Disruptive Climate Resilience Technology

Imagine a system that works like a sponge in nature. It soaks up rainwater, cleans it, and gently releases it to where it's needed most - our urban trees and plants. This smart system not only waters the greenery but also lets the excess water seep down to replenish underground water sources.

The combined systems of soil, water, and vegetation, known as blue-green (living) infrastructure, have the ability to moderate the release of water during periods of heavy rainfall and provide an extra source of fresh water during heatwaves. This aids in fostering vegetation growth, expanding tree canopy coverage, and lowering urban heat temperatures.

Reinstating the sponge function in urban landscapes yields a multitude of benefits. These include increased resilience to floods and droughts, reduction of erosion, enhancement of biodiversity, regulation of local temperatures, and improvement of social amenities. It also promotes health and well-being, ensures clean water availability, and boosts local economies.

Unlike conventional drainage systems, the Tree NurturingSystem™ is a decentralised approach. This decentralisation significantly reduces the displacement of flows and volumes, mitigating the negative impacts associated with rapid runoff and pollutant mobilisation by a magnitude of scale.

Background: The Impact of Drainage on the Natural Water Cycle

Conventional drainage, a centralised approach that focuses on removing water from a single, central point, exacerbates the displacement of flows and volumes. This displacement can lead to a variety of environmental problems, including soil degradation, water pollution, and loss of biodiversity.

Drainage, defined as the natural or artificial removal of a surface's water and sub-surface water from an area, is a crucial aspect of urban planning. Traditional urban drainage systems, while efficient at removing water from urban areas, have significant drawbacks. They enable quick and easy mobilisation of pollutants and contaminants, which are collected and conveyed downstream, detrimentally impacting the health and function of the receiving environment. Moreover, these systems starve upstream catchments of rainfall, leading to dead and barren soils. Groundwater levels fall deeper and deeper, and starved of water, these soils exhibit no oxygen, other minerals, and elements. Subsequently, vegetation root systems are shabby and unable to support and sustain life, these soils become hard and compacted.

The impact on urban trees is particularly severe. Many urban street trees are planted in shallow graves, surrounded by hard compacted engineered soils. The root zones of these trees lack water, oxygen, and minerals, leading to declining health and immunity towards pathogens. Trees easily become infected with pathogens such as phytophthora, which are conveyed within overland flows, deposited onto tree root runners, or concentrated at captive points along the flow path. Being the only source of water for uptake through the root zone, the pathogens easily attack the tree cell structure, slowly and surely leading to certain death. Without a healthy dense root mass, trees lose stability and support to hold the trunk and canopy above, leading to failure and collapse. In many urban areas, this results in the death of innocent community members.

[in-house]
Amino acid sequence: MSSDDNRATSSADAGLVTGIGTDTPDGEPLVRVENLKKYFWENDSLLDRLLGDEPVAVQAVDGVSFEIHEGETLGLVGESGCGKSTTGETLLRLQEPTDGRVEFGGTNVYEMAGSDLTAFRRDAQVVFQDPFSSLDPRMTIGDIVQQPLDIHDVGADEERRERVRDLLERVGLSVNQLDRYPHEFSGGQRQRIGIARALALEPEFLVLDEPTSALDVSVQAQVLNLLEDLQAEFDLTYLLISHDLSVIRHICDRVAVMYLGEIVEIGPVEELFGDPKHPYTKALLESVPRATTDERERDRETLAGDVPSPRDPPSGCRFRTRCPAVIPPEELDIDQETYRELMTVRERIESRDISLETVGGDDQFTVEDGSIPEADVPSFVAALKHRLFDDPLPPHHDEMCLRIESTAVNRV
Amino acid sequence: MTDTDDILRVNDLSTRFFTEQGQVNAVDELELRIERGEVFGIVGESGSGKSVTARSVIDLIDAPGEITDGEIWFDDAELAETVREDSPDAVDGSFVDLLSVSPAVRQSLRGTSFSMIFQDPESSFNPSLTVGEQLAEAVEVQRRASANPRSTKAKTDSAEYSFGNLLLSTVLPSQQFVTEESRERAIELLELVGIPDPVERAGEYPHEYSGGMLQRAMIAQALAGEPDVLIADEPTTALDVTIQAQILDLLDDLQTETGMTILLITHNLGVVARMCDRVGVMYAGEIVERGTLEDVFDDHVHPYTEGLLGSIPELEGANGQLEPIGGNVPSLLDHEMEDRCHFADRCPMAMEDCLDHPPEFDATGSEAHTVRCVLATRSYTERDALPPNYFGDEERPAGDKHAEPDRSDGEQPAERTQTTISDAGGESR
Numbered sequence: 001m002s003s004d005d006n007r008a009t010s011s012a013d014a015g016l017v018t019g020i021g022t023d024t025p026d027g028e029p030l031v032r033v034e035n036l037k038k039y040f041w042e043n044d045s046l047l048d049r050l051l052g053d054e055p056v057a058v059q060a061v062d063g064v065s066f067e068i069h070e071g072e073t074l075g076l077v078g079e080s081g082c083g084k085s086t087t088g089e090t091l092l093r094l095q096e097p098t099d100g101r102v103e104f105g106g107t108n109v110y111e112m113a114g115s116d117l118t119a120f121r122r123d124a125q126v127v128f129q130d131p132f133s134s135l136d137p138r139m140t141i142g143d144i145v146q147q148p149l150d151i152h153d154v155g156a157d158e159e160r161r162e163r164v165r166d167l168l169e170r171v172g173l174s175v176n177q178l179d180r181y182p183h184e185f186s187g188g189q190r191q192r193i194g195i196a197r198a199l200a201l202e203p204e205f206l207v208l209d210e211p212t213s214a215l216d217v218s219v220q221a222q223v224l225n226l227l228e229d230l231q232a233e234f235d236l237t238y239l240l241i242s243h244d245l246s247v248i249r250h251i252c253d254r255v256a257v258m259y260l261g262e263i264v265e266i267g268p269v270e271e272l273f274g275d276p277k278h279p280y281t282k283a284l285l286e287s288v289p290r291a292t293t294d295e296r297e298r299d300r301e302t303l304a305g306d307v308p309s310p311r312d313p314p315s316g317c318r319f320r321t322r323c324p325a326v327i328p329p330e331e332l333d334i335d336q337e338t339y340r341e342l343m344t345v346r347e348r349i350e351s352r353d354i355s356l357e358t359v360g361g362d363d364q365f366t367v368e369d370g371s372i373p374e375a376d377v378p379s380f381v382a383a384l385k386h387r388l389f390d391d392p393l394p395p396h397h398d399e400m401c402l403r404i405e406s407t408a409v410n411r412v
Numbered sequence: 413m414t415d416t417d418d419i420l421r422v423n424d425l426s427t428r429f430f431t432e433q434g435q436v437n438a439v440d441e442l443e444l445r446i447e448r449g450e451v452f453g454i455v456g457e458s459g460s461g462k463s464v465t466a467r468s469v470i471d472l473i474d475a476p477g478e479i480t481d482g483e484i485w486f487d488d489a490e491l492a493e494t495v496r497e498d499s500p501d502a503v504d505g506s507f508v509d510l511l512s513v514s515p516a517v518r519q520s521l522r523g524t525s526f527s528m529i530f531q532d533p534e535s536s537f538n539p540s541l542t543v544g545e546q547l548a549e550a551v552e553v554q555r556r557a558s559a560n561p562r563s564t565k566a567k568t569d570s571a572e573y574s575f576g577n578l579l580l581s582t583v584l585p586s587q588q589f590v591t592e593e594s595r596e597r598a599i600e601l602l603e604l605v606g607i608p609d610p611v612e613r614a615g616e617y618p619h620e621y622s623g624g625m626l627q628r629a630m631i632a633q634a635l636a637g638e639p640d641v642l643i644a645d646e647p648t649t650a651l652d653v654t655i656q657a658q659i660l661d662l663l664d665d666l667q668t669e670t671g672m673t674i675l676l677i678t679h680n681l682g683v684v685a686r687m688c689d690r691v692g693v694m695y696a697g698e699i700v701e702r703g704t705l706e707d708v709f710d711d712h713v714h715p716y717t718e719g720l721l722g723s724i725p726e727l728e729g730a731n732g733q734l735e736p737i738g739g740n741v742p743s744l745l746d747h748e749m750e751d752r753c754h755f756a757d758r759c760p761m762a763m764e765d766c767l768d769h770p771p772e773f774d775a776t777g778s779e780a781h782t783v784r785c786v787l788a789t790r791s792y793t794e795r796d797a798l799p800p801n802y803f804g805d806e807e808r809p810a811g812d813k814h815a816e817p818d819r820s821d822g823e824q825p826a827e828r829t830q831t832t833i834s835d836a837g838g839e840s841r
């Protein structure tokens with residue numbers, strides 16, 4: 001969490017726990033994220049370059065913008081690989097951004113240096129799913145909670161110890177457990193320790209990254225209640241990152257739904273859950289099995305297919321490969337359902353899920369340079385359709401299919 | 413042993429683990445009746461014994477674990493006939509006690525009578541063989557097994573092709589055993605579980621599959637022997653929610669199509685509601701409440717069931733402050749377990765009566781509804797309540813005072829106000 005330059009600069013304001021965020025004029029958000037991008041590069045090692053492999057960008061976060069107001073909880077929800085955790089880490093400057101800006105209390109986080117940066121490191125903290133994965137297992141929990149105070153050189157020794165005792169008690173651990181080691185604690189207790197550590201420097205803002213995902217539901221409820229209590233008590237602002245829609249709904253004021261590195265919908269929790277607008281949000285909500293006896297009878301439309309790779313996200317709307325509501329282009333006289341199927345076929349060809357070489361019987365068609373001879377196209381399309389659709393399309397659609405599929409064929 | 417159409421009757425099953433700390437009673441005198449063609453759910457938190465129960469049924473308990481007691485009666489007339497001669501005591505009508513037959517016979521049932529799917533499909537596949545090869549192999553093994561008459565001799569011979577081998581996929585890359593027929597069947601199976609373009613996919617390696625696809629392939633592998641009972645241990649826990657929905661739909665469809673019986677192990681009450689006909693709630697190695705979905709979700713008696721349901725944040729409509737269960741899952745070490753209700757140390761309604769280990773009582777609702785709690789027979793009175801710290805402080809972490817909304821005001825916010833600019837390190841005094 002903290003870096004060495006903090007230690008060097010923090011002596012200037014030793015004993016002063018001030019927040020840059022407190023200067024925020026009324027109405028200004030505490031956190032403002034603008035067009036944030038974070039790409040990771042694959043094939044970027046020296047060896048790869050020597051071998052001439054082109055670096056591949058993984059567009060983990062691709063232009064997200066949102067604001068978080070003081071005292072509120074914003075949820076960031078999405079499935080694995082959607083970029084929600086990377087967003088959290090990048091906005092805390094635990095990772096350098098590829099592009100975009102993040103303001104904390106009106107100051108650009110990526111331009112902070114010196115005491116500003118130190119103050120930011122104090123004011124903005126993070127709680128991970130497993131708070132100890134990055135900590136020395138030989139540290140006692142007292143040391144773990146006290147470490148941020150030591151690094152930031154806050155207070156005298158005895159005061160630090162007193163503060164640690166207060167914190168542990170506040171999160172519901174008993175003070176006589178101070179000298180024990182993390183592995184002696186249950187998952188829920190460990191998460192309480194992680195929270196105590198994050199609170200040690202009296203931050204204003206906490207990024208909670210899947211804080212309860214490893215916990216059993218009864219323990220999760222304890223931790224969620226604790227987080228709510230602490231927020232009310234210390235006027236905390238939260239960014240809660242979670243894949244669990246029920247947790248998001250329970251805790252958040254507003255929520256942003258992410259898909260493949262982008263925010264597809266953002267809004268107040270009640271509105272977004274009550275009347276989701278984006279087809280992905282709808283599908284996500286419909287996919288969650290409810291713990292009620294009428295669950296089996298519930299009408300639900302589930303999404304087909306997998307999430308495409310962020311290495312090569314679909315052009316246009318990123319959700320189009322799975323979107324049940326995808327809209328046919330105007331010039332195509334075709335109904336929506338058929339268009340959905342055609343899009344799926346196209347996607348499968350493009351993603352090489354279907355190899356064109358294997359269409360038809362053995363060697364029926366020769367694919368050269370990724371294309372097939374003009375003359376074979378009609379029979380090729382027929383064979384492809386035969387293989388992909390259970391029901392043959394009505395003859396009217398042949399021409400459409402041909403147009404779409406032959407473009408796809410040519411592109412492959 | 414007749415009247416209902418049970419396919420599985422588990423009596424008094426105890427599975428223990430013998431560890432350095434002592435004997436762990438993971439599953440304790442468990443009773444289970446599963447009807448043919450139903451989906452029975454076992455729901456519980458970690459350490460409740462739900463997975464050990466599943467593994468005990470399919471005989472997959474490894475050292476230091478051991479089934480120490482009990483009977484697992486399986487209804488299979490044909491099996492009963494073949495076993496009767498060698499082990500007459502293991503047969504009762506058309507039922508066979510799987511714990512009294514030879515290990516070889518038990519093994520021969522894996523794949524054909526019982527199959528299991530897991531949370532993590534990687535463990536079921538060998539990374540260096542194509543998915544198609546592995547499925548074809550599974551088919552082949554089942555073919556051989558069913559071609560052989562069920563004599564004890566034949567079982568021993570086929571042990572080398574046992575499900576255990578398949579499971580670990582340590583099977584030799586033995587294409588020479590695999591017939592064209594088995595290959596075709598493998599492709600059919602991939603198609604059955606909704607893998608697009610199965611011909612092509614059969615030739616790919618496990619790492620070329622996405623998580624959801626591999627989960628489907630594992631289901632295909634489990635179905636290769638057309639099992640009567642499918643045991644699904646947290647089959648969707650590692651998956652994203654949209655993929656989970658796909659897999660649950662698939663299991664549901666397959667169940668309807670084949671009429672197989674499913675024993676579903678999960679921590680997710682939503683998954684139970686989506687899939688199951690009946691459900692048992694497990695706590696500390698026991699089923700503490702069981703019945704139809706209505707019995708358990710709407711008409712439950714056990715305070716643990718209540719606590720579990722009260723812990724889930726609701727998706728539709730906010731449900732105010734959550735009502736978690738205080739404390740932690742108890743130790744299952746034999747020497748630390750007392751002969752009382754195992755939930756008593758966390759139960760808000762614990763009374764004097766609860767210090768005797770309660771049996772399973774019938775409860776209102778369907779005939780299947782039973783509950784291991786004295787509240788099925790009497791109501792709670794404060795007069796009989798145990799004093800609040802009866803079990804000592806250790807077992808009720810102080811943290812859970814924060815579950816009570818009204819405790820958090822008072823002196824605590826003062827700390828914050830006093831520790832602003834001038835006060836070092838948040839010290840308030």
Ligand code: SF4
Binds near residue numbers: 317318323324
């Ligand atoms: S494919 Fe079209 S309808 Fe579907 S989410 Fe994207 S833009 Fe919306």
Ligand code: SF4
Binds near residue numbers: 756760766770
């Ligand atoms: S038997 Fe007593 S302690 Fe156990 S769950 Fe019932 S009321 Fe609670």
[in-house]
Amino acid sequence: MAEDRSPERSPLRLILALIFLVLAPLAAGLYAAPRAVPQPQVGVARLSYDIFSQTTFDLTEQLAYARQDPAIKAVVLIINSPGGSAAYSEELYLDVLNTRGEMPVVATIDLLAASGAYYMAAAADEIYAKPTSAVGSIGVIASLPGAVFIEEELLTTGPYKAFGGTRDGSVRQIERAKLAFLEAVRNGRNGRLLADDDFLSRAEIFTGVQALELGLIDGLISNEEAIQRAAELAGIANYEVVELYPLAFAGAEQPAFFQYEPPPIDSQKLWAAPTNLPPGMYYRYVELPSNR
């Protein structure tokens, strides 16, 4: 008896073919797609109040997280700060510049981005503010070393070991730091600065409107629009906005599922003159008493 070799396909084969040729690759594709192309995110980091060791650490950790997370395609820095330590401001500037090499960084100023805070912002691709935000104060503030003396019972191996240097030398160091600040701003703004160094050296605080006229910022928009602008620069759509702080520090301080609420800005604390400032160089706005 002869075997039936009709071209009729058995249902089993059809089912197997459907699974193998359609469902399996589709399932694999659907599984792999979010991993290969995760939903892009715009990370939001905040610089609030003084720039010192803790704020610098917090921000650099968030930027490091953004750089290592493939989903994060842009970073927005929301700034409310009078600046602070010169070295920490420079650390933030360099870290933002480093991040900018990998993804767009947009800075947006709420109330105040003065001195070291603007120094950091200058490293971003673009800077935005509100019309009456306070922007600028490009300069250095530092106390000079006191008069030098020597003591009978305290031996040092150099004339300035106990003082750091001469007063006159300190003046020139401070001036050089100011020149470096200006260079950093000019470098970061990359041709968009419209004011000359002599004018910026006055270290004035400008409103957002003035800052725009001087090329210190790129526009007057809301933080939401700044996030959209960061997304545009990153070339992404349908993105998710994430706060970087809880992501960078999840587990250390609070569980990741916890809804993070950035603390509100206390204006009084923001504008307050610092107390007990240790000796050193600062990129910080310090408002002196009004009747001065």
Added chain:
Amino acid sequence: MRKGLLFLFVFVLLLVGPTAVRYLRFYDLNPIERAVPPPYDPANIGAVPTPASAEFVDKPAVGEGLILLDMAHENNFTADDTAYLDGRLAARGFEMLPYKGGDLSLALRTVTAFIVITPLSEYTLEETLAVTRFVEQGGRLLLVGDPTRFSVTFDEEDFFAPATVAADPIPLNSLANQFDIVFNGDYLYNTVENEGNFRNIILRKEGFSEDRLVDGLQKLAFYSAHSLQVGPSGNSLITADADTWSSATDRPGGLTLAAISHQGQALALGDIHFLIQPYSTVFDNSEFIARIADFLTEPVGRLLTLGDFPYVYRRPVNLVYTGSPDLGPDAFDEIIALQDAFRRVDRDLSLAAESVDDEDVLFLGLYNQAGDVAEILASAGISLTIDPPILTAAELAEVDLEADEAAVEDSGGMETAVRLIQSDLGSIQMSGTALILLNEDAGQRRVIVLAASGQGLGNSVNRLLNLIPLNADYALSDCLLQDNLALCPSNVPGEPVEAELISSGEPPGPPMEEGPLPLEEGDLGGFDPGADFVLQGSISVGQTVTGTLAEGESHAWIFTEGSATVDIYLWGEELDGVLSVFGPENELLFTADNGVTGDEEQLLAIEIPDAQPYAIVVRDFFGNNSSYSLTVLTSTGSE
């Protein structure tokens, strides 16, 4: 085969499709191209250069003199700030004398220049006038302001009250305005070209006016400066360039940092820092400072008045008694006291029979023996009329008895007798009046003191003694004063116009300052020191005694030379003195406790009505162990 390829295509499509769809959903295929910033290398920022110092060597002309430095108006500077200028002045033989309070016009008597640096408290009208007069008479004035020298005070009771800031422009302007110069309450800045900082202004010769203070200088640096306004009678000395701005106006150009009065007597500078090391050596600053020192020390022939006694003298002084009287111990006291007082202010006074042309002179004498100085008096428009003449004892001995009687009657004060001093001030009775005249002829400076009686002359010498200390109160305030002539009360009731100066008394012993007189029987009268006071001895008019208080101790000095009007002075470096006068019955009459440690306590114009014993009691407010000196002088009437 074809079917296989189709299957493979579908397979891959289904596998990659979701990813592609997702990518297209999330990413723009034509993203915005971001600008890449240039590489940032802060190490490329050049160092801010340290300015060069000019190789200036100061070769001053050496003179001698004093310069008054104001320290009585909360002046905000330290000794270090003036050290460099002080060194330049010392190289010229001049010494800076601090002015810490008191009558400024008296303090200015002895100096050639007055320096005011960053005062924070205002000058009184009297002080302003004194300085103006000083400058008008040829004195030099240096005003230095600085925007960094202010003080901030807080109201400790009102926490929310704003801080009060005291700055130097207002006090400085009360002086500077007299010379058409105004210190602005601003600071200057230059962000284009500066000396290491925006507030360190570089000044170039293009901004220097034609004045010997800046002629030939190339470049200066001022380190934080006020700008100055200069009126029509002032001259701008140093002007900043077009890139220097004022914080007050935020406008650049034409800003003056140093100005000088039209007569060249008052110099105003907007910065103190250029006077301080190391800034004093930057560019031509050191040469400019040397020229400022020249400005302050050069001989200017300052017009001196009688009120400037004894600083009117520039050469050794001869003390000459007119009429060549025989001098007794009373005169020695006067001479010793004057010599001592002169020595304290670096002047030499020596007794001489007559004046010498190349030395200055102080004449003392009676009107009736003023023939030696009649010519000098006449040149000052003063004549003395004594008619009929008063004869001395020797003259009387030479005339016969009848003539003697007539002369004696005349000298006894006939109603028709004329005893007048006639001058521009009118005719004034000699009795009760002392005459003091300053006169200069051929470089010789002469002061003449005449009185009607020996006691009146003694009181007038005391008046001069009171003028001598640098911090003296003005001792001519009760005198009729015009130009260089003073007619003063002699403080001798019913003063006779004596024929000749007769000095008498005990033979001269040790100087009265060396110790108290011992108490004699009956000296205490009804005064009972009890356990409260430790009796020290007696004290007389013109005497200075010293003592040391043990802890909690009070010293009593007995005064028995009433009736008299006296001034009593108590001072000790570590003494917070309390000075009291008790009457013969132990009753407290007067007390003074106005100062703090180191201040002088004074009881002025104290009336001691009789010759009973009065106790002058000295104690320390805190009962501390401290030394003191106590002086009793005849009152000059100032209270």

The traditional approach to drainage has become standardised across the globe, driven by cost and efficiency considerations. However, this approach overlooks the critical role of the natural water cycle in maintaining healthy urban ecosystems. By disrupting the natural water cycle, traditional drainage systems contribute to a range of environmental problems, including soil degradation, water pollution, and loss of biodiversity.

In addition, the adoption of a traditional drainage approach results in a significant end of line drainage maintenance regime along with costly, time consuming and insufficient manual irrigation practices.  

To address these challenges, a paradigm shift is needed in urban stormwater management. This shift involves moving away from traditional drainage methods and embracing innovative approaches that promote the health and longevity of soil, vegetation, and water systems. Our Tree NurturingSystem™ aims to replicate natural processes, promoting the infiltration and retention of stormwater at the source, rather than rapidly removing it from urban areas. This approach reduces the volume and velocity of stormwater entering traditional drainage systems, mitigating the negative impacts associated with rapid runoff and pollutant mobilisation.